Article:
The requirement to perform Integrity Management Programs (IMP) in the U.S. was mandated by Congress at the end of 2002. Actual inspections began in 2004. The Interstate Natural Gas Association of America, (INGAA), began a program to measure the effectiveness of the IMP (Integrity Management Program) with some of its member companies, representing approximately 120,000 miles of transmission pipeline. The U.S. has 295,000miles of on shore gas transmission piping. This paper provides 6 years of gathered data on IMP activities and compares them to PHMSA data. The INGAA participating companies have inspected more than 80% of their High Consequence Areas (HCAs) while the total for all PHMSA miles is more than 90% by the end of 2009. The number of PHMSA reported immediate and scheduled repairs being made in HCAs is 0.17 repairs/mile of assessed HCA averaged over the 6 year period. The total number of all repairs reported for the INGAA companies is an average of 0.11 repairs per mile of HCA inspected. There were 6 reportable incidents in HCAs in 2009 for all onshore gas transmission piping, 5 of which were due to third party caused damage. Reassessments, re-inspection of pipe that already had a baseline inspection, are reported for the INGAA program. For calendar years 2007 through 2009, a total of 641 HCA miles of pipeline have been reassessed. There were 19 repairs made in the reassessed pipe, equating to 0.03 repairs/mile, a 73% reduction in the number of repairs in reassessed pipeline.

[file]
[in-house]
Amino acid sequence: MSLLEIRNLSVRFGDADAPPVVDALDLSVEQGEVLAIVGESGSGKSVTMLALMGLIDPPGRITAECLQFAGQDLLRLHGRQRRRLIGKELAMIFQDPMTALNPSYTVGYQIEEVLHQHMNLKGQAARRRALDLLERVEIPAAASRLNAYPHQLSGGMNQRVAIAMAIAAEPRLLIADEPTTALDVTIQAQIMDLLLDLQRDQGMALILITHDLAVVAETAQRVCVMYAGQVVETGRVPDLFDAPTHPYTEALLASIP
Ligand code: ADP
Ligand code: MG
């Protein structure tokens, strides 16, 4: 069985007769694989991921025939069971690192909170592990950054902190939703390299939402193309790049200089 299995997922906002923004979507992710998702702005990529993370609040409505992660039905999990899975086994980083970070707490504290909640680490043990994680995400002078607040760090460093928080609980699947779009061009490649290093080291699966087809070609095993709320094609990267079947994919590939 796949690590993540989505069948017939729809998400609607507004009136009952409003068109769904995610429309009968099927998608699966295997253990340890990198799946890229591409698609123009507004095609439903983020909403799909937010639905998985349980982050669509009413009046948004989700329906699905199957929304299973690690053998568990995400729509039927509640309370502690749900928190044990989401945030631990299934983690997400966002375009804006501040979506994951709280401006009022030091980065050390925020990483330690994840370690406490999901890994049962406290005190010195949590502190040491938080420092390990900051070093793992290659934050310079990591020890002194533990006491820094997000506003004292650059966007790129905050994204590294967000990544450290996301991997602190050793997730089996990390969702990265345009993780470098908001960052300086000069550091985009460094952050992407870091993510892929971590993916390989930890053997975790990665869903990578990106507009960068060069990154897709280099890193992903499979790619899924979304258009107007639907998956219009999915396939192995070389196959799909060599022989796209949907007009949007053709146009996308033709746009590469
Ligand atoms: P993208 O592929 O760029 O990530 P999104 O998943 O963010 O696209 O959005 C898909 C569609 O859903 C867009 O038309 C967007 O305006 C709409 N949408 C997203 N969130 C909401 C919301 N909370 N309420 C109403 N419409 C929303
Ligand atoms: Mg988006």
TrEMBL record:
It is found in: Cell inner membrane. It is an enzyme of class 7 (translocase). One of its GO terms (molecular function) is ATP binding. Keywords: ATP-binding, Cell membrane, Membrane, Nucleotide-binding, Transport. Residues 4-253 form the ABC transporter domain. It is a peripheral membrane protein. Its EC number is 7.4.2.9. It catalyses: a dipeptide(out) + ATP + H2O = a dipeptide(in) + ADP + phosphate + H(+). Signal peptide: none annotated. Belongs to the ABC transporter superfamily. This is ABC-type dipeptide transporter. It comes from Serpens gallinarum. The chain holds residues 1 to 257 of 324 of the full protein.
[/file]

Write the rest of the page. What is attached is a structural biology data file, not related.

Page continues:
- International Petroleum Technology Institute and the Pipeline Division
Measuring the Effectiveness of the U.S. IMP Program
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Boss, T, Johnson, D, Selig, B, & Zurcher, J. "Measuring the Effectiveness of the U.S. IMP Program." Proceedings of the 2010 8th International Pipeline Conference. 2010 8th International Pipeline Conference, Volume 1. Calgary, Alberta, Canada. September 27–October 1, 2010. pp. 725-736. ASME. https://doi.org/10.1115/IPC2010-31500
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